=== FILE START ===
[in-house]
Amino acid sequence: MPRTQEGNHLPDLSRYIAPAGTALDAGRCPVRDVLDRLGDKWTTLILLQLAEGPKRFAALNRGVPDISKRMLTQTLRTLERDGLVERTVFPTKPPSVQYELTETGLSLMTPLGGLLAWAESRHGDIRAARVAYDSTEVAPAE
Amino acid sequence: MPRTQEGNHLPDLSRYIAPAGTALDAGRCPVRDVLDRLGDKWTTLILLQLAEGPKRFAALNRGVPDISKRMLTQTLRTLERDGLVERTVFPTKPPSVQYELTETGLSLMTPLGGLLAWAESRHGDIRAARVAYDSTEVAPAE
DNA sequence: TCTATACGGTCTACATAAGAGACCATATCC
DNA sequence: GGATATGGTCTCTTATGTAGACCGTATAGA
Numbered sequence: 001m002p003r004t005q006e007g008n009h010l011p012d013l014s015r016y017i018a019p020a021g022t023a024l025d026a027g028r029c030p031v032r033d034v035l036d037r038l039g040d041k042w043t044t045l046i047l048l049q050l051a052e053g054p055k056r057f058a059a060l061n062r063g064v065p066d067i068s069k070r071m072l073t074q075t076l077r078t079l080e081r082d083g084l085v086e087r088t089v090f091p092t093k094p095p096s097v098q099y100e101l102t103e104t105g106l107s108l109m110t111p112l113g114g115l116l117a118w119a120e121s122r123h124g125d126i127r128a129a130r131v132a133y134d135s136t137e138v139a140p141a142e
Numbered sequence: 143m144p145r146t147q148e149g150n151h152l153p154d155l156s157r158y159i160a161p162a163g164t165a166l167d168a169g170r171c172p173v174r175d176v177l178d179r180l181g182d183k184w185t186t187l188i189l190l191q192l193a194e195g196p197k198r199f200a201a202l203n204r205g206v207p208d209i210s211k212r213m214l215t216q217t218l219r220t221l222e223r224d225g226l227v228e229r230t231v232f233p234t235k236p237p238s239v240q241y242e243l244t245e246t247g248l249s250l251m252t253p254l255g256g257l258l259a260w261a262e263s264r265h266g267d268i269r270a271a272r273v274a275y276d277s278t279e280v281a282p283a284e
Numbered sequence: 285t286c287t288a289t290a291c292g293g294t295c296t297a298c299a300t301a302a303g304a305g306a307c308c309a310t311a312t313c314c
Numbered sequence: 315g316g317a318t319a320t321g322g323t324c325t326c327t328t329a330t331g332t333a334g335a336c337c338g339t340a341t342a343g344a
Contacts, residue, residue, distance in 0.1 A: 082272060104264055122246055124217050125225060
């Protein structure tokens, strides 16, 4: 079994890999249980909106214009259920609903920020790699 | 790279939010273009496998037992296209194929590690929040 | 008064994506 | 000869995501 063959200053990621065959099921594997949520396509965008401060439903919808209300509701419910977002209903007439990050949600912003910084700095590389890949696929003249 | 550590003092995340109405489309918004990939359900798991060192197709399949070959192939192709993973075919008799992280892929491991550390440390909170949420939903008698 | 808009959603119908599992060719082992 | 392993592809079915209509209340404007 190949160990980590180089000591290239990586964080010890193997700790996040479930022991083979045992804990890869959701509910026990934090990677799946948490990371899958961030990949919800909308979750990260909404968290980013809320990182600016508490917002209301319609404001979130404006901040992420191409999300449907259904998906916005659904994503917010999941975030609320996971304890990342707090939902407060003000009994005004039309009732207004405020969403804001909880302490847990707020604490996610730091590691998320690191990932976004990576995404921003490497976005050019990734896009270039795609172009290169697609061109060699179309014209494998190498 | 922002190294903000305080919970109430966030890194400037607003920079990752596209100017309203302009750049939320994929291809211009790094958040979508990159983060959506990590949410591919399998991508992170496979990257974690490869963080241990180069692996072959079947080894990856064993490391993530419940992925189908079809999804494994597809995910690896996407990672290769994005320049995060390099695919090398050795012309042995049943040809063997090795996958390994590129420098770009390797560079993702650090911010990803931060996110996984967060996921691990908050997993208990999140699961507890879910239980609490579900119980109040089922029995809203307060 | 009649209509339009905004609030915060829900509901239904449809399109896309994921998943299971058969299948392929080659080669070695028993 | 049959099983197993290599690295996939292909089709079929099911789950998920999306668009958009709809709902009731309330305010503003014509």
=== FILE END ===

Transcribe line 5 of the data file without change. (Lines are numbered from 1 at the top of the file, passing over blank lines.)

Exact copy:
DNA sequence: GGATATGGTCTCTTATGTAGACCGTATAGA